Today, the United States marks Martin Luther King Jr. Day  – a floating holiday which celebrates the birthday of the late civil right leader. The occasion resonates with Caribbean bloggers, both at home and throughout the diaspora and a few of them share their thoughts…
Jamaican litblogger Geoffrey Philp , who lives in Miami, Florida, acknowledges the impact that Dr. King's “Letter from Birmingham Jail”  has had on his life, noting that his latest book “include[s] a few of the lessons that [he] had learned from reading and teaching Dr. King's letter to [his] undergraduate students at Miami Dade College”. He calls Dr. King's letter “one of the great moral texts of the twentieth century, [which] should be required reading in the training of young minds.”
Cuban diaspora blogger Michael Pancier put his tribute into “a little photo and video montage” , made from images he took during a visit to The King Center  in Atlanta, Georgia. His compatriot, Notes from the Cuban Exile Quarter , also acknowledges the importance of the day:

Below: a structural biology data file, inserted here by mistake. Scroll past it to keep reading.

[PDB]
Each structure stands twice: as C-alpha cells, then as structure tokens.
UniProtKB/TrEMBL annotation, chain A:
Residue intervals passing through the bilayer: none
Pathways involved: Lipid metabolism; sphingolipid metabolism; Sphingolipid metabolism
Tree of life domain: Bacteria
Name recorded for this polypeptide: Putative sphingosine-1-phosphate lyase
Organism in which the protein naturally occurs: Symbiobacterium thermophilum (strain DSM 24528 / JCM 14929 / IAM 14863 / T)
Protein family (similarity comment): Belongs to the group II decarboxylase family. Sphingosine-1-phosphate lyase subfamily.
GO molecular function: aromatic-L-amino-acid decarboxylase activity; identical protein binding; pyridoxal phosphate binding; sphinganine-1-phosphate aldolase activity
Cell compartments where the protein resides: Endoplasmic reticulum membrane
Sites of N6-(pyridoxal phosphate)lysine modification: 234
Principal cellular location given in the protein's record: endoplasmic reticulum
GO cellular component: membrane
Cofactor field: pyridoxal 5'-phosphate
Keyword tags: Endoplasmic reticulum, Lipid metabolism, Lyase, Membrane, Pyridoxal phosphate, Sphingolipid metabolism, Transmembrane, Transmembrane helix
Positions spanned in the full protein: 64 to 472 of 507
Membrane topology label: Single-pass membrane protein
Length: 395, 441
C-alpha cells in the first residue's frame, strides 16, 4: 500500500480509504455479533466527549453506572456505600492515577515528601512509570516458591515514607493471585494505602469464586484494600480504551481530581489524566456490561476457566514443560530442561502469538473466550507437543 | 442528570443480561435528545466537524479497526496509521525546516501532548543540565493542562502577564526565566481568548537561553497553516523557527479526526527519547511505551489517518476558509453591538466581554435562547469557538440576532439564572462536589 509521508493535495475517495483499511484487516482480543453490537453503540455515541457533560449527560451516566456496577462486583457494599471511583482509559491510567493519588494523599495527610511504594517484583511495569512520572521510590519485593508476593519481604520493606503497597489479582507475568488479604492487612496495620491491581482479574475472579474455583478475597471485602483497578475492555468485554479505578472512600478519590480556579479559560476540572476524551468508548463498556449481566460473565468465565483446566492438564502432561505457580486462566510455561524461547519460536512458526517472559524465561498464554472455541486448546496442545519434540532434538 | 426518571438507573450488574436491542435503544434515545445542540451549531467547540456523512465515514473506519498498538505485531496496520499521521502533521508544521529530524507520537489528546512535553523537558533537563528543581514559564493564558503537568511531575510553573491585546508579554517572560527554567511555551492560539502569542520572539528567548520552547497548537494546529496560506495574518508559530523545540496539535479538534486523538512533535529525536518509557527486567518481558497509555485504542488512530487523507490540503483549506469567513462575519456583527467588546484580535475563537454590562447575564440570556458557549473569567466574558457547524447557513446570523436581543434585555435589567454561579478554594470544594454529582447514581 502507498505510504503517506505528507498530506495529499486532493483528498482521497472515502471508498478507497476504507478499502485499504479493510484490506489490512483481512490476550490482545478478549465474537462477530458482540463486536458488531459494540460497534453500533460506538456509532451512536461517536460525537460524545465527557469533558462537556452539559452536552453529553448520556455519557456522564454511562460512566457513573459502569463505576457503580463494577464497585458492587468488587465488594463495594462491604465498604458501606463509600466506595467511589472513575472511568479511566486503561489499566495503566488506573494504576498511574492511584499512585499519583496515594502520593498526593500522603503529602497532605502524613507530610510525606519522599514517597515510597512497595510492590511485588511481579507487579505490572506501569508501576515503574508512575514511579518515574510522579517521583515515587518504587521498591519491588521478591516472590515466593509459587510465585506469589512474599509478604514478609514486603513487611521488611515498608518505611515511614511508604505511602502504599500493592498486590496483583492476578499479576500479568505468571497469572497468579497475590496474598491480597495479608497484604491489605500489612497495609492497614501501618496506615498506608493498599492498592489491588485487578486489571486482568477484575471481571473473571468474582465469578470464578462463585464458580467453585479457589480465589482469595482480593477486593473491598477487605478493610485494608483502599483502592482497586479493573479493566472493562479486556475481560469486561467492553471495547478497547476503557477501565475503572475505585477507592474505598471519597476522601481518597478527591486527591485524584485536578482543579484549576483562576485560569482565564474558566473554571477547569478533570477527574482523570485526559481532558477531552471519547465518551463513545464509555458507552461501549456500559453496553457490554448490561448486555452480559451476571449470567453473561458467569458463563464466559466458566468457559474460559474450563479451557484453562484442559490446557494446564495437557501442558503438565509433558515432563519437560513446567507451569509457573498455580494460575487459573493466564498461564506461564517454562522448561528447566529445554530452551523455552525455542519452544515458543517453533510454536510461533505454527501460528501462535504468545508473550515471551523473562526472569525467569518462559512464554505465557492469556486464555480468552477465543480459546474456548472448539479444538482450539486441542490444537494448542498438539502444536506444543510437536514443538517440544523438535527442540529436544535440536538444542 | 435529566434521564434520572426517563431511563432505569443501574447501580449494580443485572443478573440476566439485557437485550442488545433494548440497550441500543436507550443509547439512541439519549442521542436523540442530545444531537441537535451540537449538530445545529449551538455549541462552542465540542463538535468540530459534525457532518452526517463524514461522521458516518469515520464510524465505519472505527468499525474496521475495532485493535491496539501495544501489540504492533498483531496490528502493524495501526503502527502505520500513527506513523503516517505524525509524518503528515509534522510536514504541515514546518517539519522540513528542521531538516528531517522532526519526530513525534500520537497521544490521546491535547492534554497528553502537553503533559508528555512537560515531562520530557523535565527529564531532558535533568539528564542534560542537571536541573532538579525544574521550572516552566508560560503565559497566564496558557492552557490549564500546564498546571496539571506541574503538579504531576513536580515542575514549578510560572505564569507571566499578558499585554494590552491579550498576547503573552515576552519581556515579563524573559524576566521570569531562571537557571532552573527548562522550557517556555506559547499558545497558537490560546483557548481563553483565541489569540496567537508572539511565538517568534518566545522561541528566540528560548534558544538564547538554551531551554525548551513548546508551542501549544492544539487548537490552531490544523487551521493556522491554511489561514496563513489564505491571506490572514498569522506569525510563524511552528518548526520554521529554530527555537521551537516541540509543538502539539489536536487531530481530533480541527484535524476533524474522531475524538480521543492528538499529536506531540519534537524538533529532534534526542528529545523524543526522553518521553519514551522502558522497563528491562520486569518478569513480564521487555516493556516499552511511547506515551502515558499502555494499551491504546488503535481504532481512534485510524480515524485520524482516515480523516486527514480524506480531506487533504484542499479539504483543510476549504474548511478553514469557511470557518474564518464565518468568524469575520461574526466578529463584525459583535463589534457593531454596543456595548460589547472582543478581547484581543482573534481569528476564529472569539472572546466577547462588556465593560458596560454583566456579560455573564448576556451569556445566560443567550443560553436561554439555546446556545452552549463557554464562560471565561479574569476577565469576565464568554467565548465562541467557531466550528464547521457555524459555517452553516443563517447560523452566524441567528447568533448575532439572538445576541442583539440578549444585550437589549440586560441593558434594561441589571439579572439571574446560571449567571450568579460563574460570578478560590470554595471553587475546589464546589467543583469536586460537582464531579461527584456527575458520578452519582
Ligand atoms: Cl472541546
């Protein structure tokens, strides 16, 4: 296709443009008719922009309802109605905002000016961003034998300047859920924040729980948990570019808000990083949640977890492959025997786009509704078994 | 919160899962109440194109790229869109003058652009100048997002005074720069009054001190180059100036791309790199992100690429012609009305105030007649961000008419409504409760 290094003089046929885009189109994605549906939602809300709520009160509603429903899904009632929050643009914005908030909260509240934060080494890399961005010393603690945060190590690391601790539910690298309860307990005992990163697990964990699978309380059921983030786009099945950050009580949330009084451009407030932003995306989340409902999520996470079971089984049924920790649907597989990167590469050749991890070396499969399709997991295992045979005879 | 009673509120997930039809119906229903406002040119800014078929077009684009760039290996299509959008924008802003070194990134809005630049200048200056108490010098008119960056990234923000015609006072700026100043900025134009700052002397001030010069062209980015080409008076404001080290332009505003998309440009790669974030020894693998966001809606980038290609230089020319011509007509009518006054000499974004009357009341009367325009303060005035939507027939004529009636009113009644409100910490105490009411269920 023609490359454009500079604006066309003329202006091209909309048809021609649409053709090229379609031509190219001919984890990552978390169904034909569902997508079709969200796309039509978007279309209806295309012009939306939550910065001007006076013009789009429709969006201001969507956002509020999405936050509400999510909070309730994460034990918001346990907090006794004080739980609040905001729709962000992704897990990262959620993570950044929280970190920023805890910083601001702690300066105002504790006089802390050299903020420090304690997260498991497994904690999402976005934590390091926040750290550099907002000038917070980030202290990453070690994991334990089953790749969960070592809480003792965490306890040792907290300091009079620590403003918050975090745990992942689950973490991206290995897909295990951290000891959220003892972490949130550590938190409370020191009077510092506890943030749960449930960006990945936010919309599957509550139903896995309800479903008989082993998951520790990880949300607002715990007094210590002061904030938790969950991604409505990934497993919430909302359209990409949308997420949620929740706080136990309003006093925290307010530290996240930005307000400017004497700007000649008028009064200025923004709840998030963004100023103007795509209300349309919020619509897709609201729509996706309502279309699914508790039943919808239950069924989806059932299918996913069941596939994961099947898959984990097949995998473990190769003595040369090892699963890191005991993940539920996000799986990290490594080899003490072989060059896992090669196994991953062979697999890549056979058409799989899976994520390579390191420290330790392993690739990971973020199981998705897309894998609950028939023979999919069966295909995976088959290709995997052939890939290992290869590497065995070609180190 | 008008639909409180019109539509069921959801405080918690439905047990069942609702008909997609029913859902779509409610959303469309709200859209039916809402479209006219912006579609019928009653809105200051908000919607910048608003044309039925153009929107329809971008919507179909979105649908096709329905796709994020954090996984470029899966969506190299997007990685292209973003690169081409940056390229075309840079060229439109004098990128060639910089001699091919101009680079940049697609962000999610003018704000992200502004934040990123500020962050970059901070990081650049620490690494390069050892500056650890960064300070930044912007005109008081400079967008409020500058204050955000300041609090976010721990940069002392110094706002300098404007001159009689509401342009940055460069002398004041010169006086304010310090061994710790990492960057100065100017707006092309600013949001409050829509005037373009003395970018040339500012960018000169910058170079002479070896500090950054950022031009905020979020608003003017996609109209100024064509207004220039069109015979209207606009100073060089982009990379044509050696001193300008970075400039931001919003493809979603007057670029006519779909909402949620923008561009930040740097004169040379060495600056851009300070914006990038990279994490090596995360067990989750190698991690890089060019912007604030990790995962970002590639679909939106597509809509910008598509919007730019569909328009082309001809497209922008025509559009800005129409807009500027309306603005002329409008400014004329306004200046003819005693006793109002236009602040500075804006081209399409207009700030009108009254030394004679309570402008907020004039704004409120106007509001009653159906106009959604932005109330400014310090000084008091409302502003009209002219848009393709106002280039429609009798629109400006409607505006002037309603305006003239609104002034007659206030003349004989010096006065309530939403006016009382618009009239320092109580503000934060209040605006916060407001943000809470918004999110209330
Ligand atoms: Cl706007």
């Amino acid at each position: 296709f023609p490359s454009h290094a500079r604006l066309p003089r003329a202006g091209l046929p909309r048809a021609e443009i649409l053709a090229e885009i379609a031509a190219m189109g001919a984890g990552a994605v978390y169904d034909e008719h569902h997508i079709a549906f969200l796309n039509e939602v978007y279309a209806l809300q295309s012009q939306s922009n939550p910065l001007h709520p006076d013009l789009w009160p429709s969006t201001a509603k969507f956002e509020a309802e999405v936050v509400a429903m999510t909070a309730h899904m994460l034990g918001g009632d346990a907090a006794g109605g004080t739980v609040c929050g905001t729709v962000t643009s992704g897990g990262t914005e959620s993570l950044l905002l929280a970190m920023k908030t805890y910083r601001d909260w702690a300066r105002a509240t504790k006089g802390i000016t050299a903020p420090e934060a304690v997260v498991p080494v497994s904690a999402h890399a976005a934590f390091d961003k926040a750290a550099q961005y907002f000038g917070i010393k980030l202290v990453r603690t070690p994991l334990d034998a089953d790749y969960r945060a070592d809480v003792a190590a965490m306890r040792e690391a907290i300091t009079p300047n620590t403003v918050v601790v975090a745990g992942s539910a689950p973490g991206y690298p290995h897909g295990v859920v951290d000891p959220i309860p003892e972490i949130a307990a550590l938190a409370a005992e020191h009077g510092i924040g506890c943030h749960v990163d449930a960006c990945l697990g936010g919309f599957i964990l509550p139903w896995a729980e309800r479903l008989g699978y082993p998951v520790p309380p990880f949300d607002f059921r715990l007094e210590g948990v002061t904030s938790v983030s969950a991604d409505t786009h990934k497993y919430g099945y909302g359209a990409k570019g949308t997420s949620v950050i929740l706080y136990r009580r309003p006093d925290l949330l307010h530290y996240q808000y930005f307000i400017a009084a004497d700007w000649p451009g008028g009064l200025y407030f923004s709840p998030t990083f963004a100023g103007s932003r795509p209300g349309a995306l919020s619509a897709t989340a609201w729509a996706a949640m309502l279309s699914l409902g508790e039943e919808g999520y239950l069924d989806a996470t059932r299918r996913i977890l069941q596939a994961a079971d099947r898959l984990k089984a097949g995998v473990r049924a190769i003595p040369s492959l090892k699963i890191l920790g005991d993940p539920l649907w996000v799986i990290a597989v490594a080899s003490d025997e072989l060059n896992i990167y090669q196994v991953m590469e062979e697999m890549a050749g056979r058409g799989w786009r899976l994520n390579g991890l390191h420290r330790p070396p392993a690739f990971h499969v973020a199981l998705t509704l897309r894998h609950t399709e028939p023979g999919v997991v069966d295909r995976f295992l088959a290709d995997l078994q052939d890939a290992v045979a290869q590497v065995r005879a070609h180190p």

The critiques against Martin Luther King Jr. and nonviolence  are of importance today because around the world in Egypt , Tunisia , Burma , Cuba  and elsewhere movements have emerged that are inspired by Martin Luther King Jr.'s example of nonviolent struggle . In the United States elements within the Occupy Wall Street movement have embraced Martin Luther King Jr.  and are organizing acts of remembrance on his birthday .
In the U.S. Virgin Islands, Live De Life  uploads a video of Will Kimbrough performing the “Ballad of Martin Luther King”, saying:
Figured this was appropriate for the holiday.
Finally, Afrobella  posts a heartfelt “thank you” to Dr. King…”for everything”:
Dr. King was assassinated 44 years ago, and in the sands of time it is easy to forget that Dr. King was a real person. A man with a beautiful wife and family. A man who became the public face of a movement. A man who tirelessly worked, marched, got arrested, spoke eloquently on the topics of peace, love, and justice — and ultimately gave his life to the cause of racial equality.
Thank you, Dr. Martin Luther King Jr. Without you, who knows where we would be today.